Are You Considered A High-Risk Pregnancy? You Can Still Use A Midwife
There are some conditions, situations, or diseases that will put you into a "high-risk" pregnancy category. They can be as simple as your age, weight or number of times pregnant. They can also be as serious as unresolved high blood pressure, insulin-dependent diabetes or cancer. Many women are looking for different birthing options than going to a hospital and using an obstetrician; however, if they are labeled as high-risk, the options are reduced. If you were hoping to use a midwife to help deliver your baby, but are considered high-risk, you may still see the midwife, with a few conditions.
While you might have been hoping for a home birth, that might not be possible when you are high-risk. Midwives who have hospital permissions can often continue to care for you during your pregnancy and deliver the baby, as long as a doctor looks over your records and is informed when you go into labor so he or she can be on-call, just in case. Of course, the delivery must take place in the hospital.
Partnered with a Doctor
It is common for a midwife to be partnered with a doctor's practice or clinic. When you go for appointments, it will be to an office that is also used by doctors. On occasion, the doctor might come into the exam room to check things out. Any test results will go to the obstetrician and he or she will be overlooking your care. As long as things proceed normally, the midwife will be delivering your baby, though.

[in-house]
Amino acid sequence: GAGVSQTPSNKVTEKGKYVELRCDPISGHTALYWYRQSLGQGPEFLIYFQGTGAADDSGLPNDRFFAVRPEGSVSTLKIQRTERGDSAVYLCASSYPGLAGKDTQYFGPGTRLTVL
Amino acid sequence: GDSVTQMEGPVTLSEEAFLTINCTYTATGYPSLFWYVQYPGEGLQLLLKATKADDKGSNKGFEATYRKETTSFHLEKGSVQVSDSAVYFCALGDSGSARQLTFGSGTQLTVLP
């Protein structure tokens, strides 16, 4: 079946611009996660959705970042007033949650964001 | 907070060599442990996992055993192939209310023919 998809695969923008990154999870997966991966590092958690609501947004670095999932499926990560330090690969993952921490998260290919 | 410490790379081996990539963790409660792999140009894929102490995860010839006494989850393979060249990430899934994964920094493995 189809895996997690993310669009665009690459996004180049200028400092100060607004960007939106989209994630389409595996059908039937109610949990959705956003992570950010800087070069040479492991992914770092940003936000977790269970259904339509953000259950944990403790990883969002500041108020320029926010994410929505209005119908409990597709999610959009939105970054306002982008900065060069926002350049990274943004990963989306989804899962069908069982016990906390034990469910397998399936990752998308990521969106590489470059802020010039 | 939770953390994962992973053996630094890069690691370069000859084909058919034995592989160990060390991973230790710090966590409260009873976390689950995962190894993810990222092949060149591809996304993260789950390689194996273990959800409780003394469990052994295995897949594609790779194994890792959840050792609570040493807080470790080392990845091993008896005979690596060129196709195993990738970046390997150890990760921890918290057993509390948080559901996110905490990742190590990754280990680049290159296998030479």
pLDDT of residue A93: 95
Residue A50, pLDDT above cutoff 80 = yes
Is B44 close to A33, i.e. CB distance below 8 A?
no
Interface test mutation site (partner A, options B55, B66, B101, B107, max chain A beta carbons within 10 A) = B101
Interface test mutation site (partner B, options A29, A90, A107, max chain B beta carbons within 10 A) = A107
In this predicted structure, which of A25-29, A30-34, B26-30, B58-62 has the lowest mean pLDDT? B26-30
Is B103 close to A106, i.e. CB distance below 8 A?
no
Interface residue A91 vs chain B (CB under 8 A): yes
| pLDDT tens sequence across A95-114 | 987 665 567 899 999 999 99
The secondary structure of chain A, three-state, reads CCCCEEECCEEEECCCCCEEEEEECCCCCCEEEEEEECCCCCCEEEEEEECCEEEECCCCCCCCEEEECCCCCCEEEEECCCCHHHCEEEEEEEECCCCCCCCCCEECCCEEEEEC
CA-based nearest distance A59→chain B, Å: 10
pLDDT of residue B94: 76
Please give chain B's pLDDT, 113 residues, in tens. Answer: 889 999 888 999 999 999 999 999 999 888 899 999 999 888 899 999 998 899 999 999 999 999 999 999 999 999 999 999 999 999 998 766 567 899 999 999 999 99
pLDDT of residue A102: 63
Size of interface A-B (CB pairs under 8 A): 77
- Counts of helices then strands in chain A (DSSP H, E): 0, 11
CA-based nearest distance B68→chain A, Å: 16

Midwife Assisted Birth
If there have been complications that make it so the midwife cannot do the actual delivery, you can still have him or her there to assist the doctor. The midwife may have been able to continue to see you throughout the pregnancy, helping you and making sure you went for any testing the doctor ordered. He or she may be there at the start of your labor, with the doctor standing by until needed.
If you have to have an obstetrician deliver your baby, there is no reason to feel bad. The midwife can be right there with you for emotional support. Work with the OB, your primary care physician and the midwife after your baby is born. If you can get things under control, you may be lucky with your next pregnancy and have the midwife do the whole delivery. Don't be upset if you can't though. The goal is to have a healthy baby and to come through it healthy yourself.
Speak to a service like Women's Healthcare Associates LLC to learn more about what a midwife can do for you.